Thoughts, lists and other compulsive bits about baseball from comedian filmmaker television producer/Red Sox fan Paul Francis Sullivan....
feel free to call him “Sully.”
Tuesday, March 29, 2011
The Cubs choose to honor someone who beat them
Robert Redford is throwing out the first pitch at opening day at Wrigley Field this year.
Hey look, Redford is a great actor. All The President's Men, The Sting, Butch Cassidy and The Sundance , The Candidate... he's been is some of the best films of all time. And he's no slouch as a director. Ordinary People is great. Quiz Show is my favorite film of his. And his new film, The Conspirator, looks great.
But what in the name of Harry Carray and Ron Santo is going on here?
What is Sundance's connection to the Cubs?
I'll tell you... in fact I already did in a previous post. In The Natural, Roy Hobbs was going off to try out for the Cubs when he struck out The Whammer at the carnival and was shot by Barbara Hershey. So he never got to play for the Cubs. And later, as a member of the Knights, he saw Glenn Close stand up and be circled by sunlight. He responded by hitting a ball through the center field clock at Wrigley Field AGAINST the Cubs!
So he played a guy who didn't sign with the Cubs and later beat them.
THIS is who the Cubs are honoring on opening day?
A man who grew up in Los Angeles idolizing Ted Williams and the Red Sox?
I would have no problem with Redford throwing out the first ball any other day. But shouldn't opening day be about celebrating the team, not shining the light on a movie star?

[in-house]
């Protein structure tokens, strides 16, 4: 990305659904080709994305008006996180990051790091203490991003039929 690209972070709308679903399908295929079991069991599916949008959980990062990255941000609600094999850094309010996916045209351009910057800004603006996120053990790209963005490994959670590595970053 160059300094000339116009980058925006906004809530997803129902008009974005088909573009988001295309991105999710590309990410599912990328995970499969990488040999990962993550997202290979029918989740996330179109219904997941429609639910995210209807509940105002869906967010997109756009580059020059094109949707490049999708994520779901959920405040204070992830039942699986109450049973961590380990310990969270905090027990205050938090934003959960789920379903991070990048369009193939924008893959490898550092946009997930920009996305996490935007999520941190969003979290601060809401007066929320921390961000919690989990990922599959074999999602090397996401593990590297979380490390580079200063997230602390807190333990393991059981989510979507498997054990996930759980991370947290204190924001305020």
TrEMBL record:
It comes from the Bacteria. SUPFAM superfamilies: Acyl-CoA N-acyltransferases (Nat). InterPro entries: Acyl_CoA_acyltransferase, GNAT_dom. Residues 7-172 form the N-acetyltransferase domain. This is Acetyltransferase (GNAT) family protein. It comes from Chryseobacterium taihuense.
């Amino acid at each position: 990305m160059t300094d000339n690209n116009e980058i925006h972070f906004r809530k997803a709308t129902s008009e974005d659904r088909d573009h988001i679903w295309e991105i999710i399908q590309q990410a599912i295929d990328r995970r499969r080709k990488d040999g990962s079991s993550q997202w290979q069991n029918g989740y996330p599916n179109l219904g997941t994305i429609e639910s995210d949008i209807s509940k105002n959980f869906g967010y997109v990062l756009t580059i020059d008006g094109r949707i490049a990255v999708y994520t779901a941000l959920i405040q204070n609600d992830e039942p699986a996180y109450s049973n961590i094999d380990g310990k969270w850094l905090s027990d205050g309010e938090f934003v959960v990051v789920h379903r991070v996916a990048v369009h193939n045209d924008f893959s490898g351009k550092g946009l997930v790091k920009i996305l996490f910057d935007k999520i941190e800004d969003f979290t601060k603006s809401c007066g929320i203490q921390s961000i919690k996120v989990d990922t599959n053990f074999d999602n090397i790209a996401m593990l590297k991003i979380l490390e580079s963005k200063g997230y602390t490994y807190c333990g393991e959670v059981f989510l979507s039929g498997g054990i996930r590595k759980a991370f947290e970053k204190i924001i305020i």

I guess you could ask Hall of Famers Ernie Banks, Billy Williams, Fergie Jenkins, Ryne Sandberg or Andre Dawson to do the honors... but that could be too obvious.
Hall of Famer and former Cub Cy Young winner Bruce Sutter could be given the ball, but he seems to have embraced the Cardinals more than the Cubs.
They could bring out Rod Blagojevich to throw out the first pitch.
Yeah it would be awkward to associate the Cubs with Blago, but come on... is it any worse than the Mets association with Bernie Madoff?
By the way, doesn't he just look awkward with that Cubs hat on? Not as bad as John Kerry at Fenway Park, but damn close.
What about Bill Murray?
If you are going to bring in some movie star power, Bill is as good as The Great Waldo Pepper. And he's had a hit movie more recently as well.
He's a lifelong Cubs fan and filled in a game for Harry Carey back in 1987 when Harry was recovering from a stroke.
Then again with Bill, there is always the possibility that he won't show up.
I am sure Jim Belushi will do it.
He's a Chicago boy (and of course inevitably bring around memories of his brother who was also a rabid Cubs fan.)
He even played a rabid fan trying to see the Cubs in the World Series in the movie Taking Care of Business. (The willing suspension of disbelief is important in watching that film.)
Besides, I bet he could promote The Defenders just before he makes the pitch.
Why not Eddie Vedder?
I always associate him with Seattle, but he is a native of Evanston Illinois and a lifelong Cubs fan.
I find it bizarre that he burst on to the scene nearly 20 years ago. My God, how old am I? Pearl Jam were big when I was in college. Now he is becoming an elder statesman.
Have him throw out the first pitch... while we are young!
Speaking about feeling old... why not Macaulay Culkin?
The kid was left alone in Chicago in that movie, so shouldn't he be an icon now?
I tell you what he also is now... a 30 year old man!!!
Bring in Bonnie Hunt!
If you are going to bring in a movie star, don't have it be someone who beat the Cubs! Have it be someone who lived in the houses behind Wrigley Field!